Even using waveguide components is a compromise. Consider active device testing. A waveguide cannot conduct a DC voltage or current; it is an inherent DC block and cannot bias anything. For characterizing active devices, the bias can be added through a test port via a probe during development. However, when the device is part of an assembly in a test jig, a waveguide cannot pass both RF and DC power.

Time domain analysis is a common tool used for device characterization. While we focus on frequency domain measurements, emerging applications will also use the time domain, as it can provide insight into impedance characteristics and discontinuities (lowpass time domain), faulty areas in the setup (bandpass time domain) and the electrical quality of a signal through a device or component (an eye diagram).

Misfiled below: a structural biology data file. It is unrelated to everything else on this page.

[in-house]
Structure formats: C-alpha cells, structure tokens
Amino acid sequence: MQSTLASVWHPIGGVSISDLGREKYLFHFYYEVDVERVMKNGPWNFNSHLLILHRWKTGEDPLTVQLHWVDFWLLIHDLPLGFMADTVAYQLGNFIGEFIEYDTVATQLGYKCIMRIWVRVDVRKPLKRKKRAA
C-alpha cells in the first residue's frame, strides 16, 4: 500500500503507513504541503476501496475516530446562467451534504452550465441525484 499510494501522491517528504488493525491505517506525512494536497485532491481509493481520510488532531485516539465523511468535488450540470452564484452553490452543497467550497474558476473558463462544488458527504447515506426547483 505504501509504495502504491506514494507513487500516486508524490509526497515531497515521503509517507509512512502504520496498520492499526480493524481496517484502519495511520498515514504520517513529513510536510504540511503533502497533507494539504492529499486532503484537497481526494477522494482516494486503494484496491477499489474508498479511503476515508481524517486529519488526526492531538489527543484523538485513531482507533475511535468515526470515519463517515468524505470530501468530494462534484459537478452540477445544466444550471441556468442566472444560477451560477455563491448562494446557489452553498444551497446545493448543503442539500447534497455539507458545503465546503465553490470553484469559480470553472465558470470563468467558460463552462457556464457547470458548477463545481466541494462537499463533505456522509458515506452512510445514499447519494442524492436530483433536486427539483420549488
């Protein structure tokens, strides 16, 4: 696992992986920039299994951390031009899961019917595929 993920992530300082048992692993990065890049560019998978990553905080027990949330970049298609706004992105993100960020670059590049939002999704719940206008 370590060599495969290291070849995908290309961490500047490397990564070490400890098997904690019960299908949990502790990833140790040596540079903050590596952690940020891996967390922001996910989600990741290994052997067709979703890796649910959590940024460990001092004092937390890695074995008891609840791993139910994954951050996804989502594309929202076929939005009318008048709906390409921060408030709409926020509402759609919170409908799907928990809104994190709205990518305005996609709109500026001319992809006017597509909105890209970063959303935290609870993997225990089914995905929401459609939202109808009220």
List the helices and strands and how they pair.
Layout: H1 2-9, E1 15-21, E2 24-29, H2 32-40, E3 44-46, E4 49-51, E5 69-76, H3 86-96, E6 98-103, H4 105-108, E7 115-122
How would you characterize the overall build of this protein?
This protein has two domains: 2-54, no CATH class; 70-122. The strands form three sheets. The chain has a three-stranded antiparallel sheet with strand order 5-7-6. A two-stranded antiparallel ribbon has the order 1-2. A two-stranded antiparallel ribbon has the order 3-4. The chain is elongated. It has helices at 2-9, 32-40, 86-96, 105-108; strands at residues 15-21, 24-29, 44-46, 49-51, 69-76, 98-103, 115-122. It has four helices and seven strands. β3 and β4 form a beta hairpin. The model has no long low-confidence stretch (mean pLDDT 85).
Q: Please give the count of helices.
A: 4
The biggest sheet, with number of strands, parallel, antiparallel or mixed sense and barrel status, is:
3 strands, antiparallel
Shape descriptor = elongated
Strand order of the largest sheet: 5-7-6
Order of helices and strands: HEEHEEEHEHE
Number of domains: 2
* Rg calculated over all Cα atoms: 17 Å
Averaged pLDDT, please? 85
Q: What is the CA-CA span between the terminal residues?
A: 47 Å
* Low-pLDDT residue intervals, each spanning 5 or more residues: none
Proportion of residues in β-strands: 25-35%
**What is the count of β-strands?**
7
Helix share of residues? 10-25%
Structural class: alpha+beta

Many components used in high speed communications are characterized with both time and frequency plots. Return loss and insertion loss are equally important with the eye diagram and impedance profile. For lowpass time domain and eye diagram processing, low frequency and broad frequency coverage are important. The low frequency component is used for extrapolating the DC term and the broad frequency coverage for resolution of the trace to find any issues. Since a waveguide is band limited, a high frequency waveguide such as W-Band will not have a low frequency component, nor can it provide broad frequency coverage.


Although waveguide is nearly 100 years old, it still serves a purpose, providing some properties that coaxial solutions cannot. Comparing these two technologies shows the trade-offs between them, trade-offs which can be summarized by physical and electrical parameters (see Table 1).